Implications for clinical practice

Does the conservative approach of delaying full weightbearing following surgically stabilized hip fracture contribute to the large functional deficits observed in elderly individuals? The clinical implications of the available data regarding immediate weight-bearing status after hip fracture appear significant. Delayed weightbearing negatively impacts function, particularly with gait.14 These functional limitations after hip fracture ultimately correlate directly and indirectly to increased healthcare cost. The total global cost of hip fractures by 2050 is anticipated to reach an amount of $131.5 billion annually,15 and more than 95% of all hip fractures are managed surgically.17

Archer et al surveyed approximately 300 surgeon members of the American Trauma Association, finding that this group thinks 57.6% of individuals referred to physical therapy experience a positive encounter, and 26.2% do not.18 Equally important is that 32.6% of this surgeon group stated that patients attain the same functional outcome after lower extremity trauma with a surgeon-prescribed home exercise program as individuals receiving physical therapy. If the individuals do not adequately respond to the surgeon home program, physical therapy becomes a delayed step in the rehabilitation plan. Could improved communication among the rehabilitation team regarding optimal timing of services positively impact hip fracture functional outcomes?

A decision tree cost analysis assessing all aspects of this clinical question is warranted.19 Decision tree factors include but are not limited to costs of extended care for individuals with decreased function after hip fracture; increased staffing needs for immediate WBAT ambulation; surgical failure rate and second surgical procedures; quality of life issues with regard to self-care and independence; and advances in surgical fracture stabilization techniques and materials. Challenging traditional views on early weight-bearing restrictions after surgically repaired hip fracture offers the potential to optimize quality of life and healthcare expenditure.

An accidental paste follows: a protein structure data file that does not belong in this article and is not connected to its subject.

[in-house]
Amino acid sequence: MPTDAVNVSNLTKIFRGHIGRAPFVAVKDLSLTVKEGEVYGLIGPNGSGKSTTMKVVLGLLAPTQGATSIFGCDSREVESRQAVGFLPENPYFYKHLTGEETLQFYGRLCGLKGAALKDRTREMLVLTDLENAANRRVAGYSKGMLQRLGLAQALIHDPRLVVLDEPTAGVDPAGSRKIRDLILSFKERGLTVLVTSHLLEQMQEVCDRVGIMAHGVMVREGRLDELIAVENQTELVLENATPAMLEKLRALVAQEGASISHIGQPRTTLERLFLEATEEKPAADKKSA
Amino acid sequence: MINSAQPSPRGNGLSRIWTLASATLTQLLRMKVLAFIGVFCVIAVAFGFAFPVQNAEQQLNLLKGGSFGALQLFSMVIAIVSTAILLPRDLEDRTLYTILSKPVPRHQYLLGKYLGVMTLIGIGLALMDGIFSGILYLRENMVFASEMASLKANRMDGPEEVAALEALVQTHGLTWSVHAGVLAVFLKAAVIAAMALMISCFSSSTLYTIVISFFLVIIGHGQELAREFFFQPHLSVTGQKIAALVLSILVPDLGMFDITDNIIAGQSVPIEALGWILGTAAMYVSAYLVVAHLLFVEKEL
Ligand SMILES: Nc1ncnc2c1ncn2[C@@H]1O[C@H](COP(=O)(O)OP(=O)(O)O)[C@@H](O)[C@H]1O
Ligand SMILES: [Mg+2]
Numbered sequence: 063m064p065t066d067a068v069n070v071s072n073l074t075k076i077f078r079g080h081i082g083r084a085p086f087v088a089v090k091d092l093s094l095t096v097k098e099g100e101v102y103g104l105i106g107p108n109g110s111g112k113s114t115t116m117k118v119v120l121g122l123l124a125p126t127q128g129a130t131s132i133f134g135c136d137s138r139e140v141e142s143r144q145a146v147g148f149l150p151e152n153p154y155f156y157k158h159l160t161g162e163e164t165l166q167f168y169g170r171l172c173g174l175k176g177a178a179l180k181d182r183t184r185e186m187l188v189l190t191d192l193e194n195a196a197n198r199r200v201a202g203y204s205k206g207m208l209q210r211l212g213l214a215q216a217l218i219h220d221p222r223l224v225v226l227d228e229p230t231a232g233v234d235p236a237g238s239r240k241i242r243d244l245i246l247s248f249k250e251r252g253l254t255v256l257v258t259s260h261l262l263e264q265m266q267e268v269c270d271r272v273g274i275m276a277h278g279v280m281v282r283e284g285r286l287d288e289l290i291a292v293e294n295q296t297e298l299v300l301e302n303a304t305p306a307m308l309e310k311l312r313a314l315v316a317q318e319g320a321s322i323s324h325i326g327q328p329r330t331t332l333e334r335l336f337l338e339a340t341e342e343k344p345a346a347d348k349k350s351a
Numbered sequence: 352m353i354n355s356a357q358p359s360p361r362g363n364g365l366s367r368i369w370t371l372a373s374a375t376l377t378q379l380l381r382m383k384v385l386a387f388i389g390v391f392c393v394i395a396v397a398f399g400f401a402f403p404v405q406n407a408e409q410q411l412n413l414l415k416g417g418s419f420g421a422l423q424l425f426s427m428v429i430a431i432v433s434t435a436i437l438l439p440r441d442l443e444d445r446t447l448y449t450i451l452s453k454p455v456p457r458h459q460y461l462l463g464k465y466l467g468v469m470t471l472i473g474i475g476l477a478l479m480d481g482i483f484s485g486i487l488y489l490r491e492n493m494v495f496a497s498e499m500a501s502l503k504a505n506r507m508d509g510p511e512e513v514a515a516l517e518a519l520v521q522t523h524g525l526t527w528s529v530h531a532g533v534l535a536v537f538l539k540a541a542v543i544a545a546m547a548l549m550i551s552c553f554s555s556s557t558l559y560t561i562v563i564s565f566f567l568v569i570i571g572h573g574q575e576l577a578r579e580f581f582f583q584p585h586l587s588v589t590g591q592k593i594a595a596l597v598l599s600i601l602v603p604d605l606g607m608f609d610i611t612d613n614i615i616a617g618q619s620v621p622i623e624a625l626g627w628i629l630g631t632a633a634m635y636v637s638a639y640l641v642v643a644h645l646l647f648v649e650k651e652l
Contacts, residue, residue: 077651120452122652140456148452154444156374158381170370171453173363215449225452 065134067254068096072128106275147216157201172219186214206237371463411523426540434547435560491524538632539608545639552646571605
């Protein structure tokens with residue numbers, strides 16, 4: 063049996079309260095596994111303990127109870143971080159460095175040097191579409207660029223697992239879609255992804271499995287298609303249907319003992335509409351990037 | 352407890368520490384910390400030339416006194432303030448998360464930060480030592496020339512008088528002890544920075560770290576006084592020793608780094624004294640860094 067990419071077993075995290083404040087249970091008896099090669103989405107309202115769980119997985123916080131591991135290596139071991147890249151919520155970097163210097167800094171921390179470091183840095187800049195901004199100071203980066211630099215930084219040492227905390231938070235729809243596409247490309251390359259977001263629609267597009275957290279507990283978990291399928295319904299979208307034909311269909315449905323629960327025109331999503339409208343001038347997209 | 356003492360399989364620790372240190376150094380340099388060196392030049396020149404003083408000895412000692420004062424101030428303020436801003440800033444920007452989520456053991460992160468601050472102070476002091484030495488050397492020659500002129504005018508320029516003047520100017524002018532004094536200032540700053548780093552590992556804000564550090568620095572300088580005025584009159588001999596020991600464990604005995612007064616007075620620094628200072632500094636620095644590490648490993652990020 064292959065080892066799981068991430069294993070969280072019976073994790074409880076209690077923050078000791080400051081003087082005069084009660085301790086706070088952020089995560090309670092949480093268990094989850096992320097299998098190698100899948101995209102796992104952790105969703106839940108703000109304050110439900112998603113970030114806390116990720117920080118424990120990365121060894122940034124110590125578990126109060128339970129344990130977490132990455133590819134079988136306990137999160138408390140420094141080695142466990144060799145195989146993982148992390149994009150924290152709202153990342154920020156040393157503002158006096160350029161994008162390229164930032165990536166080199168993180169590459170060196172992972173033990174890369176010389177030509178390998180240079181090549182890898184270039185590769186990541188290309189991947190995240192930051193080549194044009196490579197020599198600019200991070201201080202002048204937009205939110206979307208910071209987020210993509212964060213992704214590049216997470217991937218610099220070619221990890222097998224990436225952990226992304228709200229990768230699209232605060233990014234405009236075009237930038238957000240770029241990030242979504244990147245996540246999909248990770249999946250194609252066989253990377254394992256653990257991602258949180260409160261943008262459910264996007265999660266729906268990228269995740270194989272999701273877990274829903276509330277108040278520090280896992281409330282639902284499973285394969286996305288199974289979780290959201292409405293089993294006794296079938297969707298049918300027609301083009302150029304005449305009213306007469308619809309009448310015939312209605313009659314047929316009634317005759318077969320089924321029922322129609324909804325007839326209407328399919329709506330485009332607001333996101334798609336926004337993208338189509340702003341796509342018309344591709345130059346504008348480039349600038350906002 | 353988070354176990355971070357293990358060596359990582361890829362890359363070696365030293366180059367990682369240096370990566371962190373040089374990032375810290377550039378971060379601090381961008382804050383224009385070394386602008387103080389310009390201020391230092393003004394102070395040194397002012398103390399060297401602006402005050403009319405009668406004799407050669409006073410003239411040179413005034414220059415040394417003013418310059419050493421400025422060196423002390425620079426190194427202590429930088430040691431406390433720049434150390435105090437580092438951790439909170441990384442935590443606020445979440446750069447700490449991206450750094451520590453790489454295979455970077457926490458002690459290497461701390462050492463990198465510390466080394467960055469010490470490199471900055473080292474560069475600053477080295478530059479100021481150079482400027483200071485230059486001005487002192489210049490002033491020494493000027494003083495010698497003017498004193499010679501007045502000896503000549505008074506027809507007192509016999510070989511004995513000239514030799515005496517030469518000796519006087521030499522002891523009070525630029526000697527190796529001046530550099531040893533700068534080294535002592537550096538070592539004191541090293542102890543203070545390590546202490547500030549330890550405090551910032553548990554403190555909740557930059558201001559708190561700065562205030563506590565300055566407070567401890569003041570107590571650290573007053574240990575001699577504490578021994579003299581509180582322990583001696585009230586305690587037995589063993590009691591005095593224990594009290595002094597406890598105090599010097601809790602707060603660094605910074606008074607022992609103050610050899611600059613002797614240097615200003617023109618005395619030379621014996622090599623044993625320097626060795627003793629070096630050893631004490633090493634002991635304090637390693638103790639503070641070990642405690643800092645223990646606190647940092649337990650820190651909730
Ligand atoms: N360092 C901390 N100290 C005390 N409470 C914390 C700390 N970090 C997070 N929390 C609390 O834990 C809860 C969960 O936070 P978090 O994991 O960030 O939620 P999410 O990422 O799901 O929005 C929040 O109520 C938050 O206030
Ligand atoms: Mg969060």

Paula Richley Geigle, PT, PhD, is an assistant professor of physical therapy and rehabilitation science at the University of Maryland in Baltimore. Karen Lynn Gordes, PT, DScPT, is an assistant professor and director of clinical education, and Gene Shirokobrod and Kimberly Dodson are graduate students in the same department.

References

1. Magaziner J, Hawkes W, Hebel JR, et al. Recovery from hip fracture in eight areas of function. J Gerontol A Biol Sci  Med Sci 2000;55(9):498-507.

2. Oldmeadow LB, Edwards ER, Kimmel LA, et al. No rest for the wounded: early ambulation after hip surgery accelerates recovery. ANZ J Surg 2006;76(7):607-611.